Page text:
The more advanced, Shopping Cart details projection can be represented as:

public static class ShoppingCartDetailsProjection
{
    public static ShoppingCartDetails Handle(ShoppingCartInitialized @event)
    {
        var (shoppingCartId, clientId, shoppingCartStatus) = @event;

        return new ShoppingCartDetails
        {
            Id = shoppingCartId,
            ClientId = clientId,
            Status = shoppingCartStatus,
            Version = 0
        };
    }

    public static void Handle(ShoppingCartConfirmed @event, ShoppingCartDetails view)
    {
        view.Status = ShoppingCartStatus.Confirmed;
        view.Version++;
    }

    public static void Handle(ProductItemAddedToShoppingCart @event, ShoppingCartDetails view)
    {
        var productItem = @event.ProductItem;
        var existingProductItem = view.ProductItems
            .FirstOrDefault(x => x.ProductId == @event.ProductItem.ProductId);

        if (existingProductItem == null)
        {
            view.ProductItems.Add(new ShoppingCartDetailsProductItem
            {
                ProductId = productItem.ProductId,
                Quantity = productItem.Quantity,
                UnitPrice = productItem.UnitPrice
            });
        }
        else
        {
            existingProductItem.Quantity += productItem.Quantity;
        }

        view.Version++;
    }

    public static void Handle(ProductItemRemovedFromShoppingCart @event, ShoppingCartDetails view)
    {
        var productItem = @event.ProductItem;
        var existingProductItem = view.ProductItems
            .Single(x => x.ProductId == @event.ProductItem.ProductId);

        if (existingProductItem.Quantity == productItem.Quantity)
        {
            view.ProductItems.Remove(existingProductItem);
        }
        else
        {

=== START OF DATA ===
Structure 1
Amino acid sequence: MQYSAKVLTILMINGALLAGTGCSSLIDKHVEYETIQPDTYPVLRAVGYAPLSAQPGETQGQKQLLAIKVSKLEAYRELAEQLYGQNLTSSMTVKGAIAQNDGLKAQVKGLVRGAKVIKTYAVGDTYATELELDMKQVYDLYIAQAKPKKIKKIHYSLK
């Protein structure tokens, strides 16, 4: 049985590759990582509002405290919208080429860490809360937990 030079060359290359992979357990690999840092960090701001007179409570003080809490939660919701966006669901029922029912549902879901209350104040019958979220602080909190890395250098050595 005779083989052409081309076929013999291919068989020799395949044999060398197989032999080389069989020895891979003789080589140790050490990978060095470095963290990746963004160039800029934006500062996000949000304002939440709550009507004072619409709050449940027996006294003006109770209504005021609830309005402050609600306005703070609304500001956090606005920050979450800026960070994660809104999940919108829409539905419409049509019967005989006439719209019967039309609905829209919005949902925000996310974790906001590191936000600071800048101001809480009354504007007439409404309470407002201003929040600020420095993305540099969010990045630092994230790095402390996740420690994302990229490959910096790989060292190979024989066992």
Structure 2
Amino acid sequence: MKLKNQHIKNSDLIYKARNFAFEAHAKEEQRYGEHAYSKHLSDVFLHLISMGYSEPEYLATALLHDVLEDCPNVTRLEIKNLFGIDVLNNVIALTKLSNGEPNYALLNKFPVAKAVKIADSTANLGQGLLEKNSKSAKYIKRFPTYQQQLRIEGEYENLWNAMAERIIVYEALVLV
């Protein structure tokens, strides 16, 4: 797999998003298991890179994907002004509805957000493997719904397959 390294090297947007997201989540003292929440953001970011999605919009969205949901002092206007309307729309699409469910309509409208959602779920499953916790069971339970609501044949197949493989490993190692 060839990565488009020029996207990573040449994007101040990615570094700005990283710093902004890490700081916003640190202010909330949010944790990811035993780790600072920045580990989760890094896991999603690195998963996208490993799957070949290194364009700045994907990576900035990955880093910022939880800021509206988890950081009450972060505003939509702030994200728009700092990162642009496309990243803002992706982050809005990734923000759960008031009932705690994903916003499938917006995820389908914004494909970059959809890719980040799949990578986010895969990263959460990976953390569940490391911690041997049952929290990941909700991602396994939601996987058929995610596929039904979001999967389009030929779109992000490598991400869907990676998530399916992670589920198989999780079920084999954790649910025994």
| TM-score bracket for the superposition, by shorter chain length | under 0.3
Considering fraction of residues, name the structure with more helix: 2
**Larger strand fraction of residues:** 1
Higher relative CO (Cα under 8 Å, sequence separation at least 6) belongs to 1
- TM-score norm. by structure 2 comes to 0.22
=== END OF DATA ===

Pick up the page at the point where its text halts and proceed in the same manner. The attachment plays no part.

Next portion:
existingProductItem.Quantity -= productItem.Quantity;
        }

        view.Version++;
    }
}

Above projection contains nested objects and more sophisticated logic on updating the state. However, it’s still clean and self-explanatory. In general, projections shouldn’t contain a lot of business logic. Its place is in the write model.

OK, but how to use them to update the data? Let’s use Entity Framework as an example of how to deal with that. In general, the relational model is not ideal for the read models. By its nature, normalisation brings additional overhead with table joins, etc. Nevertheless, relational databases are the most popular storage, and ORMs are the most popular way to use them in an object-oriented world. We should also use the way that helps us to integrate with our other technology stack or our team skills.

For the majority of cases, we can use two main patterns:

  • create, that can be described by code as:
var view = handler(@event);

await dbContext.AddAsync(view, ct);
await dbContext.SaveChangesAsync(ct);
  • update:
var viewId = getViewId(@event);
var view = await dbContext.FindAsync<TView>(new [] {viewId}, ct);

prepare?.Invoke(dbContext.Entry(view), ct);

handler(@event, view);

await dbContext.SaveChangesAsync(ct);

Where for handlers are projection functions defined above.

The DbContext is defined as:

public class ECommerceDbContext: DbContext
{
    public ECommerceDbContext(DbContextOptions<ECommerceDbContext> options)
        : base(options)
    {

    }

    protected override void OnModelCreating(ModelBuilder modelBuilder)
    {
        modelBuilder
            .Entity<ShoppingCartShortInfo>();

        modelBuilder
            .Entity<ShoppingCartDetails>()
            .OwnsMany(e => e.ProductItems, a =>
            {
                a.WithOwner().HasForeignKey("ShoppingCardId");
                // we cannot use the ProductId here
                // we need the autogenerated id
                // to support the automatic add/update/remove
                a.Property<int>("Id").ValueGeneratedOnAdd();
                a.HasKey("Id");
            });
    }
}

How to connect all the dots (event bus, event handlers, projections, Entity Framework)? Let’s start by defining what we’d like to achieve.

My motivations:

  • easy to use and self-explanatory API for registering projections. A fluent pattern is usually helpful for that needs,
  • extendible approach, with possible fallbacks,